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SOTA in Taiwan


#1

Hi all,
I saw that there are quite a few SOTA summits in Taiwan, since the establishment of the Taiwan SOTA association in November:

https://www.sota.org.uk/Association/BV

I have been to Taiwan a couple of times and still have some of the beautiful mountains on my list. Now, unfortunately, it seems impossible for a visitor to do SOTA operations in Taiwan, because

  • Taiwan is no CEPT country (likely due to the One-China policy of many countries), and
  • temporary licenses are only possible for using the station of a Taiwanese operator.

You are not allowed to bring own ham radio gear, and I could also not find out whether portable operations with gear from and under supervision of a licensed Taiwanese operator is legally possible. My reading of

http://www.ctarl.org.tw/bv5ya/english_old/introduce2.htm

is that you can only operate from the hosting Taiwanese operator’s home station.

Has anyone more information on this?

73 de Martin, DK3IT

/CC Huawei Su, @BX2AI

EDIT: The only option I see would be to obtain legal resident status and pass the Taiwanese exam, but this is in Chinese only, afaik.


#2

Hi Martin,

A lot of Asian countries fit this description. Off the top of my head, BV, B, HS and YB all require operation only at the station of a local - YB is stricter in only allowing operation at the station of a member of the Indonesian equivalent of DARC. If I recall correctly, HS takes so long to get a license and you can only apply while physically there, that most people’s holiday finishes before they get there.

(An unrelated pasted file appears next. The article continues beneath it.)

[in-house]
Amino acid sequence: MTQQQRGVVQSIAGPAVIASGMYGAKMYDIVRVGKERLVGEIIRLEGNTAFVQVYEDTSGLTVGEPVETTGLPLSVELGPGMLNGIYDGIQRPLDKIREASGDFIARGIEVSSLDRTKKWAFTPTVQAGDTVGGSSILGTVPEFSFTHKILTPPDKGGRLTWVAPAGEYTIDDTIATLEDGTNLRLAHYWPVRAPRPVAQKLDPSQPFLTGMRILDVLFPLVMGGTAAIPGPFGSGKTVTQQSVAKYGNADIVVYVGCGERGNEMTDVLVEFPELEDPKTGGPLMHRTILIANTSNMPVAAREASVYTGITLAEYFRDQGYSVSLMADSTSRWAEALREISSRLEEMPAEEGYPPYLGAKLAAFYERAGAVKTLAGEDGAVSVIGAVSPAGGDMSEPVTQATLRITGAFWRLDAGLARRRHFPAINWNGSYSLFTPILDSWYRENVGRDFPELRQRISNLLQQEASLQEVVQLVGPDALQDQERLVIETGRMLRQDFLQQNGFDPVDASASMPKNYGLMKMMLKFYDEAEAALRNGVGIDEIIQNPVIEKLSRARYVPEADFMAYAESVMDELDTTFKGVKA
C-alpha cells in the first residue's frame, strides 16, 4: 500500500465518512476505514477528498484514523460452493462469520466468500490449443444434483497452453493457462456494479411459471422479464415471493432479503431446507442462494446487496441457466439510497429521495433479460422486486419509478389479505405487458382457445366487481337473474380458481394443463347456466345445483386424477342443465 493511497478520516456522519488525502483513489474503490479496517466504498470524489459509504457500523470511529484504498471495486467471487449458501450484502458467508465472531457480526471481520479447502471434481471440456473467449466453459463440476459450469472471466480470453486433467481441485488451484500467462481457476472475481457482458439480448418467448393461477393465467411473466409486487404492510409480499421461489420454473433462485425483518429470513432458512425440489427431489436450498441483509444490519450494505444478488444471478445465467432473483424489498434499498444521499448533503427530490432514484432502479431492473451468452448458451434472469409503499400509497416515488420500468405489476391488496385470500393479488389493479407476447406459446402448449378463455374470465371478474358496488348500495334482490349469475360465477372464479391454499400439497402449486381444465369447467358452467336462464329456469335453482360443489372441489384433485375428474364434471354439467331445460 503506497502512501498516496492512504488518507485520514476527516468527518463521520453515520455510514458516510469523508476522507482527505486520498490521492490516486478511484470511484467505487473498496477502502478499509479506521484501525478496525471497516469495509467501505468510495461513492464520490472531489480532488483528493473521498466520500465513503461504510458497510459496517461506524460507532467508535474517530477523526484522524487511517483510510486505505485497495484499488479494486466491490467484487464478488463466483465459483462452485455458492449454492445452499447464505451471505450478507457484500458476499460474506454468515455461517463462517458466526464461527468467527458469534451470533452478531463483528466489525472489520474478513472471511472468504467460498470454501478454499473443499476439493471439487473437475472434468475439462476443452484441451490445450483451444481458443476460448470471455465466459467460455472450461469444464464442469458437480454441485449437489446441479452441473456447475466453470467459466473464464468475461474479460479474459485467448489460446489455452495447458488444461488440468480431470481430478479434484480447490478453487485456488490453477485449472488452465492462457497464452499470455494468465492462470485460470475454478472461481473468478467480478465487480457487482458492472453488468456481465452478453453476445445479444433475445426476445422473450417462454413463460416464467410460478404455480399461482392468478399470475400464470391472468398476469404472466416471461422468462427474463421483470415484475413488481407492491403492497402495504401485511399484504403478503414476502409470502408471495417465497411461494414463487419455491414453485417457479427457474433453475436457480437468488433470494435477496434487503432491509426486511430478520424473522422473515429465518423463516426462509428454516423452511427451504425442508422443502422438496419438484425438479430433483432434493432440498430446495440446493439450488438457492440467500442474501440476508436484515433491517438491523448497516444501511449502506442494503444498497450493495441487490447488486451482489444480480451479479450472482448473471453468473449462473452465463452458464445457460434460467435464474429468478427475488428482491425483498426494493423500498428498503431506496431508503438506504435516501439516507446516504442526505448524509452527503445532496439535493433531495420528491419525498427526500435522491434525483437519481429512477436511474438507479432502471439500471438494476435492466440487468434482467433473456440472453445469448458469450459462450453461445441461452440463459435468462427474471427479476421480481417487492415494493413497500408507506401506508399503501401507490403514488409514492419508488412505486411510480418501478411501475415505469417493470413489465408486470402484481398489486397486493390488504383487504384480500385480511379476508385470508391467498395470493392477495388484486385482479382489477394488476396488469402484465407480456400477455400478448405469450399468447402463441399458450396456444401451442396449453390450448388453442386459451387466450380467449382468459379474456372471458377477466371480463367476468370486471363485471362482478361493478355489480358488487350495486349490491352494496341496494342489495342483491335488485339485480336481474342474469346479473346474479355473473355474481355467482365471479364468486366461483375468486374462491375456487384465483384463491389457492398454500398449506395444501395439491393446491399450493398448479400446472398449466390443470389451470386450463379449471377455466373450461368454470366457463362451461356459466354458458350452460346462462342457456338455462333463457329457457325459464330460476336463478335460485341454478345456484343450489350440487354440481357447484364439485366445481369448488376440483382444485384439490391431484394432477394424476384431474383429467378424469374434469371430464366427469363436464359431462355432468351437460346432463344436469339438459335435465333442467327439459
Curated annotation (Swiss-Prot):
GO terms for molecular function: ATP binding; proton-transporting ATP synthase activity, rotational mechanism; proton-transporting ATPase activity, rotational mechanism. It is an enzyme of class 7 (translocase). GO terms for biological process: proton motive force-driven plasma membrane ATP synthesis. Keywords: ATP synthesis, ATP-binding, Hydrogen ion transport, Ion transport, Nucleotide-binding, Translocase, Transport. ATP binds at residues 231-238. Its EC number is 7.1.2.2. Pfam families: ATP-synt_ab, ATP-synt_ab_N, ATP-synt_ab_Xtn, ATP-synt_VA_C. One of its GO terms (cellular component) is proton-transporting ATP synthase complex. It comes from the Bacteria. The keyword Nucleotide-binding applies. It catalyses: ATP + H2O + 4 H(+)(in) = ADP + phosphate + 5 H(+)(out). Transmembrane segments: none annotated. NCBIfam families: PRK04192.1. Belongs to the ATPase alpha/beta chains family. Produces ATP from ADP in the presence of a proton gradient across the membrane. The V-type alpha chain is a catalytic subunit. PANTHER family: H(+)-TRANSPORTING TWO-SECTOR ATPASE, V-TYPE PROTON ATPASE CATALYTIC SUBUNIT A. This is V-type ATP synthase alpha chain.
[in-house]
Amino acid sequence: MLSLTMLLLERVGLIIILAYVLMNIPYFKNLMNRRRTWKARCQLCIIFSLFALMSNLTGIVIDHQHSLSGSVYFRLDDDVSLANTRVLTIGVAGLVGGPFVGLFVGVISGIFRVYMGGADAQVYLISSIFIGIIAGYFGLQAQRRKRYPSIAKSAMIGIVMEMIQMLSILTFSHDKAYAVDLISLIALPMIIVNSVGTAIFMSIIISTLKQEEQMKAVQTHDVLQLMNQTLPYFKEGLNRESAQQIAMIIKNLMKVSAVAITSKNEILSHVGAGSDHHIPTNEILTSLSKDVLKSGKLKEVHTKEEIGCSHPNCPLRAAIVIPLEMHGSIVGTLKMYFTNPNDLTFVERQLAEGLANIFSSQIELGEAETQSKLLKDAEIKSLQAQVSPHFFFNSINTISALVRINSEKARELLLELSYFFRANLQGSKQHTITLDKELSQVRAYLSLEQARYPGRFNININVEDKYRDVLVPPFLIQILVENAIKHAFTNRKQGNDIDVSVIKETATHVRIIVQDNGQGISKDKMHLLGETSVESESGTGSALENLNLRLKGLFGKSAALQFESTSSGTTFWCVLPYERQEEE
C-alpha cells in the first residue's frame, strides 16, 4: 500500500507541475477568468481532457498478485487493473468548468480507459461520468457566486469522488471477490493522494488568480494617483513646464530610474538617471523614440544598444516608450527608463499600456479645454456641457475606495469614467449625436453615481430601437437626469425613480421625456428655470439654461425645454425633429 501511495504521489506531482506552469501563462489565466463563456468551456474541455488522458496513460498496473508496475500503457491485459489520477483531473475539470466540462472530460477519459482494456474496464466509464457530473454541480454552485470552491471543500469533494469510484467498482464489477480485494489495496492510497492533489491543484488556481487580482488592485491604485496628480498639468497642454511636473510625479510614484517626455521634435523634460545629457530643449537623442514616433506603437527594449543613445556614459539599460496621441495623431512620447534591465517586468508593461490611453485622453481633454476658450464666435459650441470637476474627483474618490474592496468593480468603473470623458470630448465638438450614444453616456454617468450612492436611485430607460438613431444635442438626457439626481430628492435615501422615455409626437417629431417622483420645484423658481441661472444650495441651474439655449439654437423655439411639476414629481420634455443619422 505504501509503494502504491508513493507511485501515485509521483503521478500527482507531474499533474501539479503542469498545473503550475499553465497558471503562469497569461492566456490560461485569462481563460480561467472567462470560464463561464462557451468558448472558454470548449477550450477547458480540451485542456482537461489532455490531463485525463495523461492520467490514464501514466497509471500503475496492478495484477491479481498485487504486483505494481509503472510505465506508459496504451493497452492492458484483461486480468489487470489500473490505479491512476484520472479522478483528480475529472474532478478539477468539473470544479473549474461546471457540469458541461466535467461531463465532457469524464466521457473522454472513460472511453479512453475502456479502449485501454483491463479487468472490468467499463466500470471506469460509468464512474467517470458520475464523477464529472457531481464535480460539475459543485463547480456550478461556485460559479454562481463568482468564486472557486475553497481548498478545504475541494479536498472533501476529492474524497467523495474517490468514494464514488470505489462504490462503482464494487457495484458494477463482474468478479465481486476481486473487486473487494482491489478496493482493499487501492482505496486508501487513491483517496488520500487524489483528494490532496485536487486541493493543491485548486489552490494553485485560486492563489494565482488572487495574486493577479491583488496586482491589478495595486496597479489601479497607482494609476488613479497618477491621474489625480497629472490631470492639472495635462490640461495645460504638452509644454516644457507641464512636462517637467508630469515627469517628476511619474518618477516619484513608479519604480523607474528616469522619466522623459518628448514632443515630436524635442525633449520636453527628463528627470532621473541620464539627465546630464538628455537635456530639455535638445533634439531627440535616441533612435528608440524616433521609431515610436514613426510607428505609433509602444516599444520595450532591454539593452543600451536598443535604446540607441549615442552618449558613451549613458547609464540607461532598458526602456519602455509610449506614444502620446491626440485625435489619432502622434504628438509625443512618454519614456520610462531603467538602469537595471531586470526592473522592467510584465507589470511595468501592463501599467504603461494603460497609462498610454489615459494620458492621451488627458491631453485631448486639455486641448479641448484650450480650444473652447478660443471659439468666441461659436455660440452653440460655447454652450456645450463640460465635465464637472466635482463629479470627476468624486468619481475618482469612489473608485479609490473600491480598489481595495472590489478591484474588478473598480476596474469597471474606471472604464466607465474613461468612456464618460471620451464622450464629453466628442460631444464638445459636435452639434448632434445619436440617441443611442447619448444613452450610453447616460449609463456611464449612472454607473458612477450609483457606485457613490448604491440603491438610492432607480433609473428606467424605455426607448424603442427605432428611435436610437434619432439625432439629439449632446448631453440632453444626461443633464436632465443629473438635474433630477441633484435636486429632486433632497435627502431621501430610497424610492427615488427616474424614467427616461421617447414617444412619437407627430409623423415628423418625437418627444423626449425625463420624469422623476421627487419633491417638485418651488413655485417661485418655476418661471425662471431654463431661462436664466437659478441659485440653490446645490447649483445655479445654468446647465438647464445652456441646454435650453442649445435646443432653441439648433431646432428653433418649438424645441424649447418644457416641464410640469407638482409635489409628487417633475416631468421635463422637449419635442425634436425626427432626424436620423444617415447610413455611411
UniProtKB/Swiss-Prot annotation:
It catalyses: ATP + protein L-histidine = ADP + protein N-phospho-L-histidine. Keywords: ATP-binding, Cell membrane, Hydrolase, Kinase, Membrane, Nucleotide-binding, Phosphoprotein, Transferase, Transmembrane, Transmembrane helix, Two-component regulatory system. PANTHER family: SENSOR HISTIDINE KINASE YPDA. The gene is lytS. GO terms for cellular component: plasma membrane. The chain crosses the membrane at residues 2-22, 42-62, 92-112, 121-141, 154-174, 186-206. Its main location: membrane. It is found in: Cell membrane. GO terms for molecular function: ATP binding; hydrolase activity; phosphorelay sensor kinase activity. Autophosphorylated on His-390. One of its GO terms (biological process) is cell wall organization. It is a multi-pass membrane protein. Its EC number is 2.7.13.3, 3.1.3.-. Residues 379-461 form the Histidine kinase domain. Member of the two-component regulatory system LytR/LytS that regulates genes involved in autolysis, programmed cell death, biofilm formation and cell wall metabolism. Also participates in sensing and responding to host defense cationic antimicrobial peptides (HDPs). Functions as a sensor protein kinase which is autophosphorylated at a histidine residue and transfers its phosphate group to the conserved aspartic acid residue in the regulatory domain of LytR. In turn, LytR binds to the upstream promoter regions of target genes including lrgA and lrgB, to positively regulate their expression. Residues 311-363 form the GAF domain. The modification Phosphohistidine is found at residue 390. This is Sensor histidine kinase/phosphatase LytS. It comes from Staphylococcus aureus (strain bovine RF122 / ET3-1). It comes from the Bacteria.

Most of this is related to political considerations - a random foreigner on a summit sending morse is indistinguishable from a foreign spy on a summit sending morse.

HL will do 3 month visitor licenses, but they are not CEPT aligned and it relies on there being recip. agreements. Japan is similar (no CEPT) but has a broader list of reciprocal agreements.


#3

Hi Martin,

Our political dilemma prevents us from being recognized by or participating in a lot of international programs/organizations such as CEPT.

Currently, the only way for foreign ham to legally operate in Taiwan is to apply a Temporary Operating Permit, and you have to have a “sponsor” who is a licensed ham in Taiwan and willing to lend you his/her rig. Refer here for detail information and procedure.

73 de BX2AFU